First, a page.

domicile (official), residence (formal) abode
(poetic) , home (ordinary use).
4.4. Affective or Emotive MeaningAffective or Emotive Meaning
It refers to emotive association or effects of
words evoked in the reader, listener. It is
what is conveyed about the personal feelings
or attitude towards the listener.
E.g. ‘home’ for a sailor/soldier or
expatriate and ‘mother’ for a
motherless child, a married woman (esp.
in Indian context) will have special effective,
For Leech affective meaning refers to what
is convey about the feeling and attitude of
the speak through use of language (attitude
to listener as well as attitude to what he is
Affective meaning is often conveyed through
conceptual, connotative content of the
“You are a vicious tyrant and a
villainous reprobation and I hate you”
“I hate you, you idiot”.
We are left with a little doubt about the
speaker’s feelings towards the listener.
Here speaker seems to have a very negative
attitude towards his listener. This is called
But very often we are more discreet (cautious) and
convey our attitude indirectly.
E.g. “I am terribly sorry but if you would be
so kind as to lower your voice a little”
The sentence conveys our irritation in a scaled
down manner for the sake of politeness. Intonation
and voice quality are also important here. Thus the
sentence above can be uttered in biting sarcasm and
the impression of politeness maybe reversed while
E.g. “Will you belt up?”
can be turned into a playful remark between
intimates if said with the intonation of a request.
Words like darling, sweetheart or hooligan, vandal
have inherent emotive quality and they can be used
5.5. Reflected MeaningReflected Meaning
Reflected meaning arises when a word has more
than one conceptual meaning or multiple
In church service ‘the comforter and the Holy
Ghost ’refer to the third in Trinity. They are
religious words. But unconsciously there is a
response to their non-religious meanings too.
Thus the ‘comforter’ sounds warm and
comforting while the ‘Ghost’ sounds ‘awesome’
or even ‘dreadful’. One sense of the word seems
to rub off on another especially through relative
frequency and familiarity (e.g. a ghost is more
frequent and familiar in no religious sense.).
In poetry too we have reflected meaning as
in the following lines from ‘Futility’
‘Are limbs so dear achieved, are sides,
Full nerved still warm-too hard to stir’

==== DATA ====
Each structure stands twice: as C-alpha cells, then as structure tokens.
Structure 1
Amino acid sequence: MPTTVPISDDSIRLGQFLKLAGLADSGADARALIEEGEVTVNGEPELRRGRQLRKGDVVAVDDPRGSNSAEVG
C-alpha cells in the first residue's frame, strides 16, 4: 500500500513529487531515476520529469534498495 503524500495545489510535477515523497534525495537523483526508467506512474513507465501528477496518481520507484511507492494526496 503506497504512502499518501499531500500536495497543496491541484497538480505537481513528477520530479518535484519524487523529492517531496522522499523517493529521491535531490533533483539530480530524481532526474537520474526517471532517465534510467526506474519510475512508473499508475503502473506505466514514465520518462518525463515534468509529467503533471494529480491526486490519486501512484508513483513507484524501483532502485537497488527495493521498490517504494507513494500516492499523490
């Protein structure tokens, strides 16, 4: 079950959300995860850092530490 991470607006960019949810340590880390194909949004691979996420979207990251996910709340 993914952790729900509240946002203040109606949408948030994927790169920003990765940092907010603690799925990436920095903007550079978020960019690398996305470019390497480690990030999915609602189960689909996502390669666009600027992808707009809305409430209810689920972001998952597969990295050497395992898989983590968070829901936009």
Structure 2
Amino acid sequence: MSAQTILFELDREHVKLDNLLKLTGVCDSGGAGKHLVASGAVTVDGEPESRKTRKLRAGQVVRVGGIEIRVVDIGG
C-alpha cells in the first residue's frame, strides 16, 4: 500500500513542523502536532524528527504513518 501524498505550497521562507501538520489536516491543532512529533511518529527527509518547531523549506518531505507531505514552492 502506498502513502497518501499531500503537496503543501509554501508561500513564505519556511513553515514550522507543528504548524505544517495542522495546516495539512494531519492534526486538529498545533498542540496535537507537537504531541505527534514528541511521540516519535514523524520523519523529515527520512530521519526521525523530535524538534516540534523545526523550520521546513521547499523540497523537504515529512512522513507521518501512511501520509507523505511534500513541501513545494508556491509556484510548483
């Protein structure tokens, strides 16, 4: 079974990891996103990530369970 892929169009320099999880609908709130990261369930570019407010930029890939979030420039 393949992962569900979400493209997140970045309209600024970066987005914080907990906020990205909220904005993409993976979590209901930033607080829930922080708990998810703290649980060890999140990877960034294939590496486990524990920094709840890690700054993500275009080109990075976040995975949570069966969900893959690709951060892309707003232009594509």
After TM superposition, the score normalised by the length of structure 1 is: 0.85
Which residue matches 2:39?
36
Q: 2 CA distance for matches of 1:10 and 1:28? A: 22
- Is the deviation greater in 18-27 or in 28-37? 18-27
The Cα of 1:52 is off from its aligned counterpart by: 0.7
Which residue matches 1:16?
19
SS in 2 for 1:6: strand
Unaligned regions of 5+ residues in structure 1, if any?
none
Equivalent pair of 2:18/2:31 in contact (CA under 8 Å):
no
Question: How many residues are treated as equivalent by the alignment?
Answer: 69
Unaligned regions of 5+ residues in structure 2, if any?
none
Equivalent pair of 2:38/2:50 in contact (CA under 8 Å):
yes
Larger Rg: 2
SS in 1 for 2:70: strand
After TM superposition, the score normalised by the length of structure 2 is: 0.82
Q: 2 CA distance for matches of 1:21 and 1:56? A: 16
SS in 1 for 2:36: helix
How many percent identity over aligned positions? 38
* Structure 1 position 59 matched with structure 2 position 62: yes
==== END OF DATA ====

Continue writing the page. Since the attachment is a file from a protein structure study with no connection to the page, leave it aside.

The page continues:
Owen here uses ‘dear’ in the sense of
expensiveness. - But the sense of beloved is
“The could not but be gay
In such jocund company”
The word ‘gay’ was frequently used in
the time of William Wordsworth but the
word now is used for ‘homosexuality’.
Reflected meaning is also found in taboo
The word ‘intercourse’ immediately
reminds us of its association with sex
(sexual intercourse). The sexual
association of the word drives away its
innocent sense, i.e. ‘communication’.
6.6. Collocative MeaningCollocative Meaning
Collocative meaning is the meaning which a
word acquires in the company of certain
words. Words collocate or co-occur with
certain words only e.g. Big business not
large or great.
Collocative meaning refers to associations
of a word because of its usual or habitual
co-occurrence with certain types of words.
‘Pretty’ and ‘handsome’ indicate ‘good
The word ‘pretty’ collocates with – girls,
woman, village, gardens, flowers, etc.
On the other hand, the word ‘handsome’
collocates with – ‘boys’ men, etc. so ‘pretty
woman’ and ‘handsome man’.
The verbs ‘wander’ and ‘stroll’ are quasi-
synonymous- they may have almost the same
meaning but while ‘cows may wander into
another farm’, they don’t stroll into that farm
because ‘stroll’ collocates with human subject
7.7. Thematic MeaningThematic Meaning
It refers to what is communicated by the
way in which a speaker or a writer
organizes the message in terms of
ordering focus and emphasis.
Thus active is different from passive
though its conceptual meaning is the
The ways we order our message also
convey what is important and what not.
This is basically thematic meaning.
1) Mrs. Smith donated the first prize
2) The first prize was donated by Mrs.
In the first sentence “who gave away the
prize “is more important, but in the
second sentence “what did Mrs. Smith
gave is important”. Thus the change of
focus change the meaning also.
Alternative grammatical construction also
gives thematic meaning. For example,
1) He likes Indian good most.
2) Indian goods he likes most
3) It is the Indian goods he likes most.